Lessons from Copper and Todd (Carrie Sinkowski, @CSinkowski)

As a community worker at a Sexual Assault Centre, one of the most commonly asked questions I get is, why do you work at the Centre? People are usually pretty apprehensive about asking me this and brace themselves for the answer. In reality, it is a logical question with a surprising answer. 

The Fox and the Hound. 

Yes, that Disney film from 1981. This is the first film I clearly remember seeing in a theatre. Ask anyone who knows me well and they will tell you that this film has had a profound impact on my life. I have yet to sit through it without crying. 

The film centres on the friendship of a fox kit, Todd, and a hound puppy, Copper. Todd is orphaned and taken in by Widow Tweed, while Copper lives on a neighbouring farm of a hunter named Amos. 

The pivotal scene for me is when they are playing together in the forest and they pledge their loyalty and friendship to one another for their lifetime. When Todd says “we will always be friends forever, right?”, is the moment, at the age of five,  that my politicalization was born. I knew that Amos was not going to allow this friendship and would do all he could to quash it. I knew their friendship would not be forever. 

All because one was a fox and one was a hound. 

Their feelings for each other meant nothing because in Amos’ eyes the world created them as enemies. I knew then that arbitrary boundaries had been created for one to have power over the other. In order for the hound to hunt the fox for the hunter to sell the pelt, they would have to be enemies. Their promise of friendship would not keep. 

What brings the tissues out during this movie is because Todd and Copper are friends quite naturally, and it is only the false, socially constructed parameters of society, as defined by people, not nature, that they cannot be friends. To me they are a personification of racism, sexism, homophobia and other ‘isms’ that we endure and suffer in Canadian society. Their friendship is a question of social justice. We have a right to create our own lives free of harm and with freedom to expression, without injury of course, and if a fox and a hound want to be friends, let them. As Big Mama, the owl, sings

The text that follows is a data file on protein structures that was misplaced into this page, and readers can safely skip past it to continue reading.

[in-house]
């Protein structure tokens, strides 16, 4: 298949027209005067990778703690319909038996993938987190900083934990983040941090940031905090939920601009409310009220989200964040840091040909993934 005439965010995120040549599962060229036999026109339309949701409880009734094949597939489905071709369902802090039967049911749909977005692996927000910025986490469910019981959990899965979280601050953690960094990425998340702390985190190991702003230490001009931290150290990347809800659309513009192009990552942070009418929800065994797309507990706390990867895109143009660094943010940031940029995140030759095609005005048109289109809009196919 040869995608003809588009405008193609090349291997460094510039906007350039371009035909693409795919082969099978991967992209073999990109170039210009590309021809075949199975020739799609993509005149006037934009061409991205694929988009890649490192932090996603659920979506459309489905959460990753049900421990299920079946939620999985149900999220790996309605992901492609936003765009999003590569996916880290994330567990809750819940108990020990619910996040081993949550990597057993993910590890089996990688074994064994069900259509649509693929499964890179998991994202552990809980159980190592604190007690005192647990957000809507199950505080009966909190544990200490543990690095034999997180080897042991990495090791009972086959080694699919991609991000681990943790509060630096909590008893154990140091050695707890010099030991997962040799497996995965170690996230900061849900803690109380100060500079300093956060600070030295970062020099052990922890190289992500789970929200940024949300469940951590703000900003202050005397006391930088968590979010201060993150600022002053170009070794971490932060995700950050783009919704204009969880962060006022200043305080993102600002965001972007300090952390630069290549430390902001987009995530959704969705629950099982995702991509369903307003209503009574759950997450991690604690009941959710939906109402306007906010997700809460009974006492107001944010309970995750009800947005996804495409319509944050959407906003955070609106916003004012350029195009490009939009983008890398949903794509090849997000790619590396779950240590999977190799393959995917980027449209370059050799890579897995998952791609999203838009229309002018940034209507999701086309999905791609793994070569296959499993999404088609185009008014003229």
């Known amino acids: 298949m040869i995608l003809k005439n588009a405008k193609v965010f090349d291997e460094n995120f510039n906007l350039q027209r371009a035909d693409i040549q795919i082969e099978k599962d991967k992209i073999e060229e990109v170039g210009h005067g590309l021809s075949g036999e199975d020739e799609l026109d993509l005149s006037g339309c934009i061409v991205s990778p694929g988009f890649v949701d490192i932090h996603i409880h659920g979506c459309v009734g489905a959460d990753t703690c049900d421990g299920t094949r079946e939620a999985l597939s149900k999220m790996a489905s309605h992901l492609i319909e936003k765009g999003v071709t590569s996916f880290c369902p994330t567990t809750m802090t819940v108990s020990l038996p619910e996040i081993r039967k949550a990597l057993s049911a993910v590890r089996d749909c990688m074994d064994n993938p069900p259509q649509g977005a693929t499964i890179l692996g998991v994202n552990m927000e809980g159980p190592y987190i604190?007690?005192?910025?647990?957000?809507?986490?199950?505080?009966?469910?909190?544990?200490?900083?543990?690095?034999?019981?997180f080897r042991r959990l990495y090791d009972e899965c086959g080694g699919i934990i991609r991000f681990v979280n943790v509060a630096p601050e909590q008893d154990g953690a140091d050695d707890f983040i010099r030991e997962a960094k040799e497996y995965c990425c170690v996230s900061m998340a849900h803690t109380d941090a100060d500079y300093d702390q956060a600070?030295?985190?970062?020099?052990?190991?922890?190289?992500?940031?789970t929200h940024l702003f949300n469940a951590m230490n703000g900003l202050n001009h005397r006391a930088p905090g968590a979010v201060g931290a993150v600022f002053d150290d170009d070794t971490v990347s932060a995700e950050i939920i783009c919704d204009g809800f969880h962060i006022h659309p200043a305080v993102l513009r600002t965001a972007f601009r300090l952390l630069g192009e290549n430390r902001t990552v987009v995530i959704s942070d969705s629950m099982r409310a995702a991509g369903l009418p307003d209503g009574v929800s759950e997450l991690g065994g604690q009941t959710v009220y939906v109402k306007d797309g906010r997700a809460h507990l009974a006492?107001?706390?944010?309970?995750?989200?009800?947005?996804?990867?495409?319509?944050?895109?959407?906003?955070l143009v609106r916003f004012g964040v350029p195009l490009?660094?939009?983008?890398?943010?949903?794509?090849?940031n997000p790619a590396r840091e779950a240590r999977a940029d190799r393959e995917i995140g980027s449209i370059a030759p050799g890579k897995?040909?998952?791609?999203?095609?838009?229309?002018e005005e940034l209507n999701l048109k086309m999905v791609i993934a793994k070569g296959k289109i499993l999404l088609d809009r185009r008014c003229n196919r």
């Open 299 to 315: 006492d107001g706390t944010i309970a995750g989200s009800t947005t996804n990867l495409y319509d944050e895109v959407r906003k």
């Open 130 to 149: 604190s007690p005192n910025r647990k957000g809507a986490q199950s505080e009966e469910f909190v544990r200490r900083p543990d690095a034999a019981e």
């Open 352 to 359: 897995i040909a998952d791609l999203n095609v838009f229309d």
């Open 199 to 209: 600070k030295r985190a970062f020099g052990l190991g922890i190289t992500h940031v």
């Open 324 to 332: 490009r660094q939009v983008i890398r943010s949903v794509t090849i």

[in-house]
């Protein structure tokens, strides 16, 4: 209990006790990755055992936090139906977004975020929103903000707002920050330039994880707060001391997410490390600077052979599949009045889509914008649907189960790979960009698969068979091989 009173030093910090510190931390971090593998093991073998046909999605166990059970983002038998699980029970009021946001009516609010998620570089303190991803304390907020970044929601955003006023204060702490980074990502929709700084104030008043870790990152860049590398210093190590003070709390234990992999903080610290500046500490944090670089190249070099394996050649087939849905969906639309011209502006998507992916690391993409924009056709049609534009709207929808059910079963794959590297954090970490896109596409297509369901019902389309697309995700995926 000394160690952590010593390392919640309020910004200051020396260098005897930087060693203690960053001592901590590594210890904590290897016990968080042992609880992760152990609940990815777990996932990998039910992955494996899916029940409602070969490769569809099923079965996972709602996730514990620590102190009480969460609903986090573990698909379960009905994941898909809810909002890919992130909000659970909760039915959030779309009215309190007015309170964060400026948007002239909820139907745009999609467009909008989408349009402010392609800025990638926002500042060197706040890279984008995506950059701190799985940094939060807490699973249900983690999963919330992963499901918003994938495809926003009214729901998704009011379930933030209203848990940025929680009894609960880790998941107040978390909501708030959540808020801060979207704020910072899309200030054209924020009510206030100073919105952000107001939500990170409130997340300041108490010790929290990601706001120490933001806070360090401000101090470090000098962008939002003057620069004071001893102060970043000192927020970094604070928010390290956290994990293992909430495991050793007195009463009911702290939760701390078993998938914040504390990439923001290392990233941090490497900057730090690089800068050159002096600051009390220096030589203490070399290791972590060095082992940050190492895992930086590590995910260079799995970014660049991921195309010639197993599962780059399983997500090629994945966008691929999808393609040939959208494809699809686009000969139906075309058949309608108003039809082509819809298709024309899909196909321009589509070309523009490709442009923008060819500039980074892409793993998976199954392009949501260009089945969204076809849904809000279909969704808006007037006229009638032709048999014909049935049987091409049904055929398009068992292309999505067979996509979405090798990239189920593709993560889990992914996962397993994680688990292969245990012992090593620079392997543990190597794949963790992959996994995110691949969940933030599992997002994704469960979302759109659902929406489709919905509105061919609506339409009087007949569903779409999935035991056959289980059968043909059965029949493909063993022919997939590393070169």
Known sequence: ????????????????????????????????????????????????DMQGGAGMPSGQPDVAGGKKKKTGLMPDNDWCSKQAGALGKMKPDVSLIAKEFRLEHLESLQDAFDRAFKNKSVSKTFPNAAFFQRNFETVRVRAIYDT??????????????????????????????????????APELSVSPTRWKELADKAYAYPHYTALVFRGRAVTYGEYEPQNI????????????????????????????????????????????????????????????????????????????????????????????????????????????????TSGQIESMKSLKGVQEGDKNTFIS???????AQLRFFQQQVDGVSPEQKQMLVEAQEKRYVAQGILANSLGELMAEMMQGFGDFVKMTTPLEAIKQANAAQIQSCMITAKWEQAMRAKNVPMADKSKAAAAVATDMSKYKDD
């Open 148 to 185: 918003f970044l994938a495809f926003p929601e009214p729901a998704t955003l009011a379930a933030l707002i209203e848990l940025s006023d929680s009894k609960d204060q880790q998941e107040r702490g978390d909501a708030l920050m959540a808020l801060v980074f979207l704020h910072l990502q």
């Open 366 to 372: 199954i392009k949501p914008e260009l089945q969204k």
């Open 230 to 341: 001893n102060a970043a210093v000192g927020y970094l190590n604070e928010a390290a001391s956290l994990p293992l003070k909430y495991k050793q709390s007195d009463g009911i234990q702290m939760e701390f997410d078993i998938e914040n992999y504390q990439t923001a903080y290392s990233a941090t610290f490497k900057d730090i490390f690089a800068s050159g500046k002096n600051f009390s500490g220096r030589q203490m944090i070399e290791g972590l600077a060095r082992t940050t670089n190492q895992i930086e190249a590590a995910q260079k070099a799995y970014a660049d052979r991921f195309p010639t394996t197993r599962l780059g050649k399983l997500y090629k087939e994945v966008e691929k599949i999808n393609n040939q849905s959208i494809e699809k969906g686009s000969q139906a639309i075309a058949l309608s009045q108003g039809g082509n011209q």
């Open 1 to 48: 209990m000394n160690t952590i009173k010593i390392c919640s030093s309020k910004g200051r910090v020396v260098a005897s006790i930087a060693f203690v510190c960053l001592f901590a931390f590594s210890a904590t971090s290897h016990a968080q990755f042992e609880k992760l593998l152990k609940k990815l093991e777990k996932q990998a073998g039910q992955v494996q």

If only the world wouldn’t get in the way 

If only people would just let you play 

They say you’re both being fools 

You’re breaking all the rules

When you’re the best of friends……

There are so many unjust, cry-worthy moments in the film. Such as when the mother fox, as per classic Disney style, gets killed in the first two minutes, or when Widow Tweed realizes that she must sadly release Todd into the wildlife reserve in order for him to have a full, safe life. The sacrifices in freedom that people make in order to survive are expressed over and over again in this film. 

It is not my place to make assumptions about the motives of Disney when this movie was created. And I am certainly not putting this film up on a pedestal to trump other great, more serious films of social justice like Malcolm X, Bread and Roses, or Hotel Rwanda. So many films, books, people, and experiences have shaped me and drawn me to my community work, but this film is what initiated the spark. I was not raped. My story is short. I went to university, and I have a loving, community involved family. 

My desire and need to work in the community has been nurtured by all those in my life who give to their community. I think it is important to reflect on why we do what we do and how could we give more to our communities both locally and globally. So to answer the question I have been asked hundreds of times in the last decade, the freedom for Copper and Todd to be friends is why I do my work.  


One Reply to “Lessons from Copper and Todd (Carrie Sinkowski, @CSinkowski)”

  1. Karyn Graham

    Thank you Carrie for sharing that, it has inspired me to do more. More community work, more for myself and more for my family and friends.

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